Review: Keeping Her (Losing It #1.5) by Cora Carmack

An ARC copy provided by Random House UK, Ebury Publishing via NetGalley

Description from GoodReads:

Garrick Taylor and Bliss Edwards managed to find their happily-ever-after despite a rather . . . ahem . . . complicated start. By comparison, meeting the parents should be an absolute breeze, right?

But from the moment the pair lands in London, new snags just keep cropping up: a disapproving mother-in-law-to-be, more than one (mostly) minor mishap, and the realization that perhaps they aren't quite as ready for their future as they thought.

As it turns out, the only thing harder than finding love is keeping it.

Rating: 2 Stars

This book is set a little bit after Epilogue. Garrick and Bliss are going to London to meet his parents (Cue the horror tune *Dunn dunn DUNN*). Naturally, both are nervous, especially Bliss the worrier girl. She was so panicky she didn't thought that she's going to a country full of British men with THE accent until a few minutes before landing. I still have yet the curiosity of British accent obsession.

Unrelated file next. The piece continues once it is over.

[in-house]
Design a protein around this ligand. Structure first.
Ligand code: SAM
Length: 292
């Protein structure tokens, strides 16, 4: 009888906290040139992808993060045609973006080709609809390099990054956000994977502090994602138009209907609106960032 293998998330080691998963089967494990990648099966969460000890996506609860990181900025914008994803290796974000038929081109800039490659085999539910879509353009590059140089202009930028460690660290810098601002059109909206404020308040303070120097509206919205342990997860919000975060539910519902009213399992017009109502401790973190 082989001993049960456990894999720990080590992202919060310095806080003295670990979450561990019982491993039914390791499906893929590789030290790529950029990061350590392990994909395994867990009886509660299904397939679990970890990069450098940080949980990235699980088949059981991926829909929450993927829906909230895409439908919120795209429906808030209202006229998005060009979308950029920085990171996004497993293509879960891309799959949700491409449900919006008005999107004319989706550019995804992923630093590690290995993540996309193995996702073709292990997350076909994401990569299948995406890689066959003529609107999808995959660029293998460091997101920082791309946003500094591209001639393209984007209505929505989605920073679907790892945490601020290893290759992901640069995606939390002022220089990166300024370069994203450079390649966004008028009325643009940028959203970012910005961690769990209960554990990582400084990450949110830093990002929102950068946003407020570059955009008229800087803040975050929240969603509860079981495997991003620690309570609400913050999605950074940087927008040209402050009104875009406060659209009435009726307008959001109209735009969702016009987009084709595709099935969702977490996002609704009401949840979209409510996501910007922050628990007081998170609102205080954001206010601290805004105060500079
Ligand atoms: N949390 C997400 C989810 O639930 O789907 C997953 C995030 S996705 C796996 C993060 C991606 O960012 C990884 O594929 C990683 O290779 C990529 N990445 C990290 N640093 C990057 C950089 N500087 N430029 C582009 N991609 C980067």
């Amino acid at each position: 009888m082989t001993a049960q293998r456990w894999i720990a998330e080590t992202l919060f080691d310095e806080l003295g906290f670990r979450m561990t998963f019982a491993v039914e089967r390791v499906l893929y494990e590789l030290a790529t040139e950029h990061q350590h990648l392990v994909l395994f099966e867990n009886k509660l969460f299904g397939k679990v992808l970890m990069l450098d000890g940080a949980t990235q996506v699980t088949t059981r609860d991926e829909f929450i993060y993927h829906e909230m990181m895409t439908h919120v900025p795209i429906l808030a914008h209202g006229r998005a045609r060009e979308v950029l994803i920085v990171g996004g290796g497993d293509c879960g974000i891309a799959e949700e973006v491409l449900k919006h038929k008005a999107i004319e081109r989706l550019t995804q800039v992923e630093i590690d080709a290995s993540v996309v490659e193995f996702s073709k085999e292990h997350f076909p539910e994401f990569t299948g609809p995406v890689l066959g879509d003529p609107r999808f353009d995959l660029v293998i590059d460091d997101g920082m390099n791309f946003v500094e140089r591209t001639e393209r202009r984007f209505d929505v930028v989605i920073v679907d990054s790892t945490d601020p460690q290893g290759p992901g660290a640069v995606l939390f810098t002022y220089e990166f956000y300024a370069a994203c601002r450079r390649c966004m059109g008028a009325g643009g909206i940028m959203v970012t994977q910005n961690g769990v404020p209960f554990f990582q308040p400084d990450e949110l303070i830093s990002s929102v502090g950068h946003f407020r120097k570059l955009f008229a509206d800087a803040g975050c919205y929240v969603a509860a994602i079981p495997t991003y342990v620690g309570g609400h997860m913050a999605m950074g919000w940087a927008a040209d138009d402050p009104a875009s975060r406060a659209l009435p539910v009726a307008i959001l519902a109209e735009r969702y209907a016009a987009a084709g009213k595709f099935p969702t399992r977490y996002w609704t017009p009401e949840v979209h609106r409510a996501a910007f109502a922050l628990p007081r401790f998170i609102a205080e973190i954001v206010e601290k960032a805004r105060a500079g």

Most of this book is narrated by Garrick, i thought he could redeem himself after being a mild man in the first book. Turned out he was more panicky than Bliss herself, doubting almost every decision he chosed.
Bliss on the other hand, you could see her blooming into a confident young woman, especially at the ending, with her speech with Garrick, i really liked that part.
Carmack teases the reader with a lot of potential conflicts, such as: meeting the future in-laws, Garrick's past, and potential +1 - yet the reaction fell flat for me. Which is a shame, because it could be so much more dramatic.
Her writing style was neat, light, with an awkward British attempt (which made me chuckle quite a lot of times). I must say, she has done a good job on the tourists locations research.
The ending, though spectacular, is a bit too neat. Especially with Bliss' bonding time with his mother after all the scary interview in previous night.
Readers who have read Losing It wouldn't miss a lot by skipping this book onto the second book, Faking It.


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